Trevor Thorkelson participated in the first Pride march in 1987. “I had an obligation to march on behalf of all the people who could not or would not,” he says. – Dylan Hewlett
The 25th anniversary of the Pride Winnipeg Festival (May 25 to June 3) is an opportunity for members of the local gay, lesbian, bisexual, transgender, two-spirit and queer (GLBTTQ) community to reflect on how far the community has progressed towards acceptance since the event launched in 1987.
The evolution of the event itself towards a week-long festival parallels this development.
“The balloons shine a little brighter now,” said Barb Burkowski, the chair of the Pride organizing committee.
Organized in response to Manitoba’s human rights legislation passed in 1987 by the provincial government, the first pride march - far smaller in scope and scale than the current festival - was an opportunity for GLBTTQ people in Winnipeg to celebrate a historic victory.
In spite of this, Burkowski notes that the atmosphere of the time prevented uninhibited jubilation.
“What they were marching for and being a part of it for, how they were actually brave enough to come and walk the streets at that time, is incredibly different than what is happening now,” she said. “I do not think it is comparable.”
University of Winnipeg Students’ Association LGBT director Dayne Moyer echoes this by mentioning how some of the original marchers even “had bags on their heads to remain anonymous.”
Societal changes mirror changes in the parade itself.
Burkowski points to a smattering of GLBTTQ meeting places in the 1980s such as Gio’s and Purdy’s as being some of the few places where the community could feel welcome in a social setting.
“These are places where they could gather together, be safe and be themselves,” she said. “A lot of these meeting places are where the strength and growth came from because when you can sit down and talk about yourself and your life, you start to gain strength and feel comfortable.”
Progress continued to be made as a number of clinics and resource centres grew out of these gathering spots.
Although victories such as the introduction of gay marriage are easier to point to, the yardsticks have also moved closer towards social acceptance for GLBTTQ people.
By 2012, GLBTTQ couples can frequent restaurants or even straight bars in Winnipeg without facing the stigmas of the past.
“People were spit on and kicked out of families with no place to go (in the 1980s),” Burkowski said. “We forget (that).”
Despite the broad recognition that significant progress has been made over 25 years, there are varying views as to where Winnipeg now stands as far as acceptance for gays and lesbians.
“People are still not comfortable coming out in their families, particularly in cultures from countries where (homosexuality is forbidden),” Burkowski said. “There is also still trouble in schools.”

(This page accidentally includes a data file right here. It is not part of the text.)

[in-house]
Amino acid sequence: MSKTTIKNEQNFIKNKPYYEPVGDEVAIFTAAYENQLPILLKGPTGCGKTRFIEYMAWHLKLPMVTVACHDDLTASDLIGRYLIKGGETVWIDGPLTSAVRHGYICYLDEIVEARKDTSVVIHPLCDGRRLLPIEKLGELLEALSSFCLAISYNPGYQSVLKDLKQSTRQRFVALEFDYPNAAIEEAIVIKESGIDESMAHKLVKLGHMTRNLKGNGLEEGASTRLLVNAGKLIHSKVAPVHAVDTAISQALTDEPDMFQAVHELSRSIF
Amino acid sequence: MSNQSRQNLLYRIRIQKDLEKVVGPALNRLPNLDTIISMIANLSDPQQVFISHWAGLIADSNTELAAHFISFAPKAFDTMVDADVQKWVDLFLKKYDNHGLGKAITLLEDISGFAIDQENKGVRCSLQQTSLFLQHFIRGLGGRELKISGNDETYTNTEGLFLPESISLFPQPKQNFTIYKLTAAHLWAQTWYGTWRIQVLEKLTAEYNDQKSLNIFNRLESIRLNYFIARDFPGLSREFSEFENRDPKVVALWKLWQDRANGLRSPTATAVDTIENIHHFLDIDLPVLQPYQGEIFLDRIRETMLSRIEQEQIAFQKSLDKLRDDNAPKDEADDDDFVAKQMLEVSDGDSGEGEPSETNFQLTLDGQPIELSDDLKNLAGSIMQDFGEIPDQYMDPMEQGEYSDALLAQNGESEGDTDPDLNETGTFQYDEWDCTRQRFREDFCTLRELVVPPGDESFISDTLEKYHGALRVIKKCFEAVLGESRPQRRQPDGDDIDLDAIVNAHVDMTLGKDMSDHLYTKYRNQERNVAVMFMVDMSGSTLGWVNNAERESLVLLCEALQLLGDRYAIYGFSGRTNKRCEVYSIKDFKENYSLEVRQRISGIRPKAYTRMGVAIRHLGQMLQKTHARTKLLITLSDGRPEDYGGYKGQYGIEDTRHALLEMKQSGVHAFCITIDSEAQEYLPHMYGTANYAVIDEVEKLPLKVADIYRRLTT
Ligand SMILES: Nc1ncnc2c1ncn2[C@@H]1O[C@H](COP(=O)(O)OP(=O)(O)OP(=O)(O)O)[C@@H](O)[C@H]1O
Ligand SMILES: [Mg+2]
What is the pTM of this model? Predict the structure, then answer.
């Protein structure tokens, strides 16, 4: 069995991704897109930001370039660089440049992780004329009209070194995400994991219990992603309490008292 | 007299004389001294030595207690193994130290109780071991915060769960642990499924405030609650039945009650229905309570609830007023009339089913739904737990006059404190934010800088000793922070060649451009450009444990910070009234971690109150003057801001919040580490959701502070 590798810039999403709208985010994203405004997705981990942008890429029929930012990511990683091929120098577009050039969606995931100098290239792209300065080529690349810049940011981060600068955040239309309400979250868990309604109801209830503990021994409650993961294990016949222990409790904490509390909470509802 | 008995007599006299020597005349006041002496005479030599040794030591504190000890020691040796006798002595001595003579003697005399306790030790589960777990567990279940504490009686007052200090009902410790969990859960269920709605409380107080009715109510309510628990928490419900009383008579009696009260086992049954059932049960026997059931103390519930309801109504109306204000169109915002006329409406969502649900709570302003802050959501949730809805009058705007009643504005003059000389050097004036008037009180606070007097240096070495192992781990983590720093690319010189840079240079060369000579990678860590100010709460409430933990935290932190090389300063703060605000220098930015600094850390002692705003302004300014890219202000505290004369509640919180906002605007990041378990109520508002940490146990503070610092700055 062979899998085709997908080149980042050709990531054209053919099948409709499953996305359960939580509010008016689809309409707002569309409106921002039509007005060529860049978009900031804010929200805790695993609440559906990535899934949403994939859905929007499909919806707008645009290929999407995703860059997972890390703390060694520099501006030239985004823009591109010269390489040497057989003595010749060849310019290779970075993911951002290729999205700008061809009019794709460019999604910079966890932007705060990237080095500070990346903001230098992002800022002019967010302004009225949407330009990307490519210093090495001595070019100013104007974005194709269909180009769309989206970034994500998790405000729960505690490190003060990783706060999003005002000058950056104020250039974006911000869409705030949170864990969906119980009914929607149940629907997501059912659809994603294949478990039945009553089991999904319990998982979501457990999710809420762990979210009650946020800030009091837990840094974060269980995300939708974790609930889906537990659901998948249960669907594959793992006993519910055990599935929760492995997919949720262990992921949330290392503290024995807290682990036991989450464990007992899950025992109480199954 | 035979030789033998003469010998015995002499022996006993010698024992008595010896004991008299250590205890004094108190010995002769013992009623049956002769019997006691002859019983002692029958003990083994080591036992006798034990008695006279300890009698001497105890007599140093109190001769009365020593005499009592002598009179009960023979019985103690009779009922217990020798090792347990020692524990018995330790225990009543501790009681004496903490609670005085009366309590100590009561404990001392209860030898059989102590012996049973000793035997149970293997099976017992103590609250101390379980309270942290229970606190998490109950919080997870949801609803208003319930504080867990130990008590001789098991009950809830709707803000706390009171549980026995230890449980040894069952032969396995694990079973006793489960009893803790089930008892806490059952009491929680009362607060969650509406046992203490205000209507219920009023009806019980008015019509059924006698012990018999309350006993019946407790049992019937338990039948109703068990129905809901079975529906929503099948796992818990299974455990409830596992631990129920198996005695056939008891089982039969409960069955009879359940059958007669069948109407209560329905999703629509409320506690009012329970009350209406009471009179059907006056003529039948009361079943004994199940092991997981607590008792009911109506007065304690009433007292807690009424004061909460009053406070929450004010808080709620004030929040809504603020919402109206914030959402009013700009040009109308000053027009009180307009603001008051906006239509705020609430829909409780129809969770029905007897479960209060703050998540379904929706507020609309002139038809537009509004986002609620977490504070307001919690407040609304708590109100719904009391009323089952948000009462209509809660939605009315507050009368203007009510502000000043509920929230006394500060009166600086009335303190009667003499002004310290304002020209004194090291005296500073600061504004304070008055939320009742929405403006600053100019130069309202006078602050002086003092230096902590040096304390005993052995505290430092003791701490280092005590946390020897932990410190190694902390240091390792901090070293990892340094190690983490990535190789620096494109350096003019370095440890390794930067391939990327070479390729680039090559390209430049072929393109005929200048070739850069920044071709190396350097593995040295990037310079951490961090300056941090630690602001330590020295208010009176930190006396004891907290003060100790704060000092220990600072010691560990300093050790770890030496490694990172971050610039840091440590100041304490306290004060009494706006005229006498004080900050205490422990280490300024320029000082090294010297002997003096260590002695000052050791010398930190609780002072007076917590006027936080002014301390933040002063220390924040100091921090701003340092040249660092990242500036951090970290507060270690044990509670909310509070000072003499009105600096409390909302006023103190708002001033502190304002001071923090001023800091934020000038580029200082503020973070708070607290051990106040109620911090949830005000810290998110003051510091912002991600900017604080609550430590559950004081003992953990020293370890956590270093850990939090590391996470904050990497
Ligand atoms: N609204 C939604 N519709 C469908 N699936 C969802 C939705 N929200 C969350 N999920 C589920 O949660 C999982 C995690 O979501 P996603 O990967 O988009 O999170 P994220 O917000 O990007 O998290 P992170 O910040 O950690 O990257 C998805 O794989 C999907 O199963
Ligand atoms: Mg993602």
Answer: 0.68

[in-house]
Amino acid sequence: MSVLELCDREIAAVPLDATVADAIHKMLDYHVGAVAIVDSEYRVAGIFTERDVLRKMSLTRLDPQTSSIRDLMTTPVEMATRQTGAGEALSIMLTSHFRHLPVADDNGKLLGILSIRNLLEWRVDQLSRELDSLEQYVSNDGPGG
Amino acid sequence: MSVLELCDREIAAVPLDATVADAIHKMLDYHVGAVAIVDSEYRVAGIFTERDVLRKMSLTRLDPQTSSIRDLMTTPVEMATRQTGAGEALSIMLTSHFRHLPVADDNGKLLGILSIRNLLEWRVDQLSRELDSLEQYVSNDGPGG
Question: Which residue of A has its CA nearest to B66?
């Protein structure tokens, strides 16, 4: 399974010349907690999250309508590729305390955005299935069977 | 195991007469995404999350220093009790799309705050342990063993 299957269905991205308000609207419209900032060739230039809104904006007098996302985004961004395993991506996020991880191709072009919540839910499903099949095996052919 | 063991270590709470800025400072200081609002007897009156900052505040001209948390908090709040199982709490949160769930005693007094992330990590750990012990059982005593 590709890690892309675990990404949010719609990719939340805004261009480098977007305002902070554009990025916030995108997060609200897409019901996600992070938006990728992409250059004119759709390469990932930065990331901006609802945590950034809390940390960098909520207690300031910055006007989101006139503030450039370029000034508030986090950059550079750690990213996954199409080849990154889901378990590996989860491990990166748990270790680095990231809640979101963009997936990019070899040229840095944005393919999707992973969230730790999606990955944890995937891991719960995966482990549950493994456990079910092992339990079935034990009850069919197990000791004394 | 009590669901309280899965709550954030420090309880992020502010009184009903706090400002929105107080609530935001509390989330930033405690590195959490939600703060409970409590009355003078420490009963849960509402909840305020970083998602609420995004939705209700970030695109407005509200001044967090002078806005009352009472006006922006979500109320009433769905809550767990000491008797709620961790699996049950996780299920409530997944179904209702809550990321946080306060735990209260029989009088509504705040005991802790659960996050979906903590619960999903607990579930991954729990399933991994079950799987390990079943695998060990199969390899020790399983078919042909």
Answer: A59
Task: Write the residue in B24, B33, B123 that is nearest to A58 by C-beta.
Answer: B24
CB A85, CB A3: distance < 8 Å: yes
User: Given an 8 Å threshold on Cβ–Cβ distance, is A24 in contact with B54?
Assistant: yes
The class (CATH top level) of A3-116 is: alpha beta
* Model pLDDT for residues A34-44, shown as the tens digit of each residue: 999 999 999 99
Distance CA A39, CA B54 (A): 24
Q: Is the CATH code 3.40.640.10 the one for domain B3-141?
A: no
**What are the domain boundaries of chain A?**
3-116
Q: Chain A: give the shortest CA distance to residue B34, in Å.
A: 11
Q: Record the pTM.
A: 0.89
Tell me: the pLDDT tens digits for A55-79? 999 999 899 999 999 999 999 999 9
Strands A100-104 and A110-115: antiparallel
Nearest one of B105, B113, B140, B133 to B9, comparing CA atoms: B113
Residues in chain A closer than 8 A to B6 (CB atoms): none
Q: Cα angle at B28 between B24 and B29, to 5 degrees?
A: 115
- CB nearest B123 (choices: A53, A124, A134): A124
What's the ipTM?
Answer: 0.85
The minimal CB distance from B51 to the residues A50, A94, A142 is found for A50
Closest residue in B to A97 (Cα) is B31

Moyer echoes this thought.
“When you see so many people out at the parade having a good time, you sort of forget about major issues that we still need to address. ... If (youth) know that in their family or in their community it is not OK to be gay, they do not have as much support.”
Moyer believes that in certain circumstances, it can even be less safe for youth who come out because of the internalization that the situation has improved to the point where it does not matter.
“ What they were marching for and being a part of it for, how they were actually brave enough to come and walk the streets (in 1987), is incredibly different than what is happening now. I do not think it is comparable.
Barb Burkowski, chair, Pride Winnipeg committee
Trevor Thorkelson, a participant in the first pride march in 1987 recalls what it was like to march on that day.
“I had an obligation to march on behalf of all the people who could not or would not. It was a show of solidarity,” he said.
With the intensive media coverage and nervous excitement of the marchers, Thorkelson recognized that he was participating in a truly historic moment for the GLBTTQ community.
Twenty-five years later, Thorkelson still believes in the power of Pride.
Rather than seeing the current Pride celebration as a fun diversion, Thorkelson believes it is still very politically relevant.
“Why don’t you take a walk through Polo Park holding the hand of your best friend of the same sex and see how comfortable you feel?” he asked.
One of the points of disagreement over the festival itself is the debate over whether or not Pride is a kind of gay holiday, a political protest or something in between.
Moyer argues that despite the need for the community to celebrate together, more emphasis on the political nature of the event is needed because of the issues that are still outstanding.
“I think that there is a little bit of a loss of direction. A lot of the floats in other parades have a specific political message and we don’t really do that in Winnipeg,” Moyer said.
Burkowski on the other hand is more optimistic that the political flavour has not been lost, pointing to how this year features an illumination of the Legislature with the colours of the gay pride flag.
“I see it as a celebration of political gains,” Burkowski said.